NEW YORK (CBSNewYork) -- Congressman Peter King is raising questions about a movie focused on the killing of Osama bin Laden. While the premise isn't in question, whether top secret information is being given to the film makers is.
The killing of bin Laden by Navy SEALs was a pivotal moment for this country and it's president that'll soon be the stuff of a Hollywood movie.
And that concerns Long Island Rep. King, who is demanding to know if the Obama administration is giving classified information to Sony Pictures and Kathryn Bigelow, the Academy Award-winning director of "The Hurt Locker," a gritty drama about military bomb squads in Iraq.
"There has been so much sensitive information leaked," Rep. King told CBS 2's Sean Hennessey on Wednesday night.
Bigelow's next project -- the decade long hunt for bin Laden -- is a movie set to be released just weeks before the 2012 elections.
"When you look at the whole totality here, it raises very serious questions," Rep. King said.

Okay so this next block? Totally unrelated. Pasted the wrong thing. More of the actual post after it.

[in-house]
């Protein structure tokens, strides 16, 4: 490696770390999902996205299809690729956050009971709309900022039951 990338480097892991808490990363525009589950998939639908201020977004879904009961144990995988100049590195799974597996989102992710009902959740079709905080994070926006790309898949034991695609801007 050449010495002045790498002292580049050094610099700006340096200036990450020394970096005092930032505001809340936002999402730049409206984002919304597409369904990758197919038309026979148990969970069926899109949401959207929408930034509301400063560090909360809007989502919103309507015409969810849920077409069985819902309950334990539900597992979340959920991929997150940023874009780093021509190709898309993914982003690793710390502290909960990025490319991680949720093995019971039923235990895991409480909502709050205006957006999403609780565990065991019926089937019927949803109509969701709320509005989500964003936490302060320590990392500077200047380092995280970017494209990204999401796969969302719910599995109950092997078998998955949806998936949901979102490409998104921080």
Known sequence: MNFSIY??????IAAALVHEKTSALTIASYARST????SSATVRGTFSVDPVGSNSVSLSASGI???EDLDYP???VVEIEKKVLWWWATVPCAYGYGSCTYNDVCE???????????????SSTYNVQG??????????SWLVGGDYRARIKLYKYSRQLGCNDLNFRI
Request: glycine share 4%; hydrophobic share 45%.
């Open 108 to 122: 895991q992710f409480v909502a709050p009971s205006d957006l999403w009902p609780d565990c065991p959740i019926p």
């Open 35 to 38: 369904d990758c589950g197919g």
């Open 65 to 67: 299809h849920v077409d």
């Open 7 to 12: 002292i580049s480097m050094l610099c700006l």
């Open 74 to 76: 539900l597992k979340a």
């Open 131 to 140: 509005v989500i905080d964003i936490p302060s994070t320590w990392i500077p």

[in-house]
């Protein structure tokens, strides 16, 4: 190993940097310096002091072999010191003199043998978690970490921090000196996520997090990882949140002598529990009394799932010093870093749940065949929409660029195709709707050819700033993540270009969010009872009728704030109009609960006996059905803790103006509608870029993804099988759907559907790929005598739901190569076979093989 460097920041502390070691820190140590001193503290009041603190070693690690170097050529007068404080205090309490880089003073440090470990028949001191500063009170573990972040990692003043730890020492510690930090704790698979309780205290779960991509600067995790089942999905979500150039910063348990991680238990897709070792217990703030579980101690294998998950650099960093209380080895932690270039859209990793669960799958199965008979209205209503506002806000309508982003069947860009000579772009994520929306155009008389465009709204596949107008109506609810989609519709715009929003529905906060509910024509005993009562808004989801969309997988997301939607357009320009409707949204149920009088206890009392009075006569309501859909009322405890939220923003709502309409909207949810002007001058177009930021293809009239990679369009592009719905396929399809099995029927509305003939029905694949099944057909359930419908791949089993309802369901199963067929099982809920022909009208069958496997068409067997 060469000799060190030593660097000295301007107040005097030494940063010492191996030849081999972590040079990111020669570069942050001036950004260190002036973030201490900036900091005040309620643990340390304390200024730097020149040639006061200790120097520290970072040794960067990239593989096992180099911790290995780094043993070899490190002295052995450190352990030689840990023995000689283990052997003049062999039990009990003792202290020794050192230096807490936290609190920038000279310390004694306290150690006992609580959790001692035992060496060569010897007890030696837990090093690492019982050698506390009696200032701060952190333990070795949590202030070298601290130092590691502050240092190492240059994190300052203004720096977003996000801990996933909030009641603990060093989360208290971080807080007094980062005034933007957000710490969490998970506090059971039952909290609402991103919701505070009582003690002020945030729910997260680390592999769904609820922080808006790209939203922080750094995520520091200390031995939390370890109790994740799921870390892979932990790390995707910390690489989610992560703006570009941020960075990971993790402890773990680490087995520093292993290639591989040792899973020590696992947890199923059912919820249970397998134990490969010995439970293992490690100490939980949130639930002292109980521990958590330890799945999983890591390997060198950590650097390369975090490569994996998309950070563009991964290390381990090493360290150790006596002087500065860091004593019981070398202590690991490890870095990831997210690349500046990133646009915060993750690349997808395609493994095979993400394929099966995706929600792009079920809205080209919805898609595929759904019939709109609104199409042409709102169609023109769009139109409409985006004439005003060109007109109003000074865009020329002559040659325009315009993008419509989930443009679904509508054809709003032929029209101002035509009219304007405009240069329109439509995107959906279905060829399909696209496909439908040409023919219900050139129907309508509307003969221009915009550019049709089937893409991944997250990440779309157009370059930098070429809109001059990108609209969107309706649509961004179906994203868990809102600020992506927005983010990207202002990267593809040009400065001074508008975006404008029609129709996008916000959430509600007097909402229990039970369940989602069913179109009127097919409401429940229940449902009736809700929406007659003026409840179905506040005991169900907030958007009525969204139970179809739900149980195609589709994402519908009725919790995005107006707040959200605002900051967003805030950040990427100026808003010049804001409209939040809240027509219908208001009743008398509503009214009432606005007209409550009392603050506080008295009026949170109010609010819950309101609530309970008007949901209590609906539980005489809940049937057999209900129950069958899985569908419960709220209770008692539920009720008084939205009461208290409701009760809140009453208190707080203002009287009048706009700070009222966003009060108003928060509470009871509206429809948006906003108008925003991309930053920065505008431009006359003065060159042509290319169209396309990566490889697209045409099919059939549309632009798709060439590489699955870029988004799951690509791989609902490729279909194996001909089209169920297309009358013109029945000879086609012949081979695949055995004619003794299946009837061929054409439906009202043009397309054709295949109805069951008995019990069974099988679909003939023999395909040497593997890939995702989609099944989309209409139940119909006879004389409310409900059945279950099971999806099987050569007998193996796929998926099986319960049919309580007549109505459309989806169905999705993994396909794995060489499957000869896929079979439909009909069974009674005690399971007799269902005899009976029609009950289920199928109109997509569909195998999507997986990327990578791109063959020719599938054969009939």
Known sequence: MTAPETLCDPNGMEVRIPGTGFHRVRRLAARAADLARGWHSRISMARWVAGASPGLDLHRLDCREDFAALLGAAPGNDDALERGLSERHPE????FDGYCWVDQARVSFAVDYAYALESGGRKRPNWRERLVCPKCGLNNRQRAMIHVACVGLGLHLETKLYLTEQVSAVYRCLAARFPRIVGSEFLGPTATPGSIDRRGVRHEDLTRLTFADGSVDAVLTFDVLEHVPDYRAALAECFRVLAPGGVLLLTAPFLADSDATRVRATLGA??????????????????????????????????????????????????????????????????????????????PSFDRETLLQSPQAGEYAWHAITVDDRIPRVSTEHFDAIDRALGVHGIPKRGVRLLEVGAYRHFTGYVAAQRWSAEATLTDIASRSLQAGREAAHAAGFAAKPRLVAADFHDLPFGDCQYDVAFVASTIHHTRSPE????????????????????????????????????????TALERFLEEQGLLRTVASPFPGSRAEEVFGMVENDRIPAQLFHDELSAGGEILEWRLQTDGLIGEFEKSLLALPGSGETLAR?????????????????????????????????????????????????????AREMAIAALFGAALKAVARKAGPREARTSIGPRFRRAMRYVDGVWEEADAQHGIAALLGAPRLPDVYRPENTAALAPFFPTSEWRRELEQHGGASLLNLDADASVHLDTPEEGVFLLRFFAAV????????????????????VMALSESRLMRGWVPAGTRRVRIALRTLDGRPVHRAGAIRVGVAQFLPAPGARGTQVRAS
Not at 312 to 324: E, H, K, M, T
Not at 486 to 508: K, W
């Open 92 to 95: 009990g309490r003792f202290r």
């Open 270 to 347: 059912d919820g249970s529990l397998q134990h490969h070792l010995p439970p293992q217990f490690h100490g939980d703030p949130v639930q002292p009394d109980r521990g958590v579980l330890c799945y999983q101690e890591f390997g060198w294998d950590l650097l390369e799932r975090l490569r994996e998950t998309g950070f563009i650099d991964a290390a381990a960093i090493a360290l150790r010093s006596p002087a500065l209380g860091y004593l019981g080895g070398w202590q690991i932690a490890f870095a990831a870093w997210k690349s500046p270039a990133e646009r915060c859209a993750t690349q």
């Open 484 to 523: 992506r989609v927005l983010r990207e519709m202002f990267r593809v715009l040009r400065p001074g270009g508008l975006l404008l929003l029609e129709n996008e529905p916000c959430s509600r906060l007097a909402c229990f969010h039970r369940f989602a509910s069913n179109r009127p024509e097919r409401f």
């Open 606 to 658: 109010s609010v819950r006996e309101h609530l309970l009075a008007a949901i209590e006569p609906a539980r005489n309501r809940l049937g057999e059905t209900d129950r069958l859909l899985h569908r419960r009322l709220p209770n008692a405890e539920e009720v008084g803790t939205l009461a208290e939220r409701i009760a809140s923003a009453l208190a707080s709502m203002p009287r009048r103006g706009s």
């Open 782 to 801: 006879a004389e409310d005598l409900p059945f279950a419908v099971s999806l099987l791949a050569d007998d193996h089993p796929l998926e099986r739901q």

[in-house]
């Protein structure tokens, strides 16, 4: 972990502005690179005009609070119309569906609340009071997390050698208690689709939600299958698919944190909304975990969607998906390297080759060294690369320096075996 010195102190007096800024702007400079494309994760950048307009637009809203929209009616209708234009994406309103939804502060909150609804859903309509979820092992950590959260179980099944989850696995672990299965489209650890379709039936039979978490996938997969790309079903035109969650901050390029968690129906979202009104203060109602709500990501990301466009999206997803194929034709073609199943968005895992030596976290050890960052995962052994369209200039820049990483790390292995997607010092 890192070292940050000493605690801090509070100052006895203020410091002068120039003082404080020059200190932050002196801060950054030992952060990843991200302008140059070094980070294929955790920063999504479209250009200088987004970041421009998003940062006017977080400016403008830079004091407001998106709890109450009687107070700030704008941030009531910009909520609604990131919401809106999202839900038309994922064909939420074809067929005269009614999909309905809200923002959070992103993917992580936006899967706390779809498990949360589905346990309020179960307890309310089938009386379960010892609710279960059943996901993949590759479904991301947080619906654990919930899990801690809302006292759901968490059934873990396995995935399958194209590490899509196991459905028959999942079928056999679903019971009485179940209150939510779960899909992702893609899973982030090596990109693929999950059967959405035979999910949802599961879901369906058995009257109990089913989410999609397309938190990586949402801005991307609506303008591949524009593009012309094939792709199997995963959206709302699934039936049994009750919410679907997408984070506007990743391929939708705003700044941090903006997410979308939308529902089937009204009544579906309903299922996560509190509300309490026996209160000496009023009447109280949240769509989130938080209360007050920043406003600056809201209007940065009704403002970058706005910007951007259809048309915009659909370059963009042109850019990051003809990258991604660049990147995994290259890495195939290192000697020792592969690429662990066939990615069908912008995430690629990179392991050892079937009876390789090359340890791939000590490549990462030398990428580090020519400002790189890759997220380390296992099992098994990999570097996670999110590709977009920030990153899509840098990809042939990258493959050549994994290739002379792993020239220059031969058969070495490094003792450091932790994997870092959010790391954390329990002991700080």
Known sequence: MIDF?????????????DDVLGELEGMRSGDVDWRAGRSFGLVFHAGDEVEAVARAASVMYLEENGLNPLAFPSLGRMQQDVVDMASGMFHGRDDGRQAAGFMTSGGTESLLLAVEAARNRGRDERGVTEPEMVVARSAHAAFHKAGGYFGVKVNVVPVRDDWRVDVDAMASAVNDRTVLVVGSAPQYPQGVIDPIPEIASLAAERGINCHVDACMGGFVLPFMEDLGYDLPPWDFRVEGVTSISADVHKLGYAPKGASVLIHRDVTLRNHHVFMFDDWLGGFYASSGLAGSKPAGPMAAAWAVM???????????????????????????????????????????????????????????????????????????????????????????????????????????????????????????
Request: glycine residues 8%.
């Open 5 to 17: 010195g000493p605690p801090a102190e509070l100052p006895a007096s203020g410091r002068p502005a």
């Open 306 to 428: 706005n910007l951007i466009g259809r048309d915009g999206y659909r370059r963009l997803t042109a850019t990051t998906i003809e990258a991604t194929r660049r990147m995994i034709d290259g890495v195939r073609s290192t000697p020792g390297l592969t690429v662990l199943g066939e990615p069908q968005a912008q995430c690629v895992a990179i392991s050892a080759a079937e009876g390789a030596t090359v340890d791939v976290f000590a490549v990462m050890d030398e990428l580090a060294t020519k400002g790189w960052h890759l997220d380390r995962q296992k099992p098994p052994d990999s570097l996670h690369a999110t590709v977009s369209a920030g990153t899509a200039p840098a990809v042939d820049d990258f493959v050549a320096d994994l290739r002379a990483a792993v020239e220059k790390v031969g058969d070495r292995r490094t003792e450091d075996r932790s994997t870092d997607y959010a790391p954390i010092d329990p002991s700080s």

The chairman of the House Homeland Security Committee has written a letter to the Central Intelligence Agency and Department of Defense saying if classified information is being given to the movie maker it belies a desire of transparency in favor of a cinematographic view of history.
But Congressman Adam Schiff of California, a member of the Intelligence Committee, said Rep. King, a Republican, is playing politics and just wants to find a way to delay the moving until after the elections.
"It seems to be driven more about an interest on how this will affect the president's campaign than about the security aspects of leaks about the bin Laden raid," Rep. Schiff said.
"I want the inspector general to assure me and assure the Congress that there's enough precautions in place to make sure that no sensitive or classified information is going to be revealed," Rep. King said.
The White House said Bigelow and the company are getting the same access as anyone else.
"First of all, the claims are ridiculous," Press Secretary Jay Carney said. "I would hope as we face a continued threat from terrorism, the House Committee on Homeland Security would have more important topics to discuss than a movie."
The movie's director and screenwriter sidestepped questions about classified information, saying: "This was an American triumph, both heroic and non-partisan and there is no basis to suggest that our film will represent this enormous victory otherwise."
The movie's makers said the project will integrate the collective efforts of the Clinton, Bush and Obama administrations to find bin Laden.
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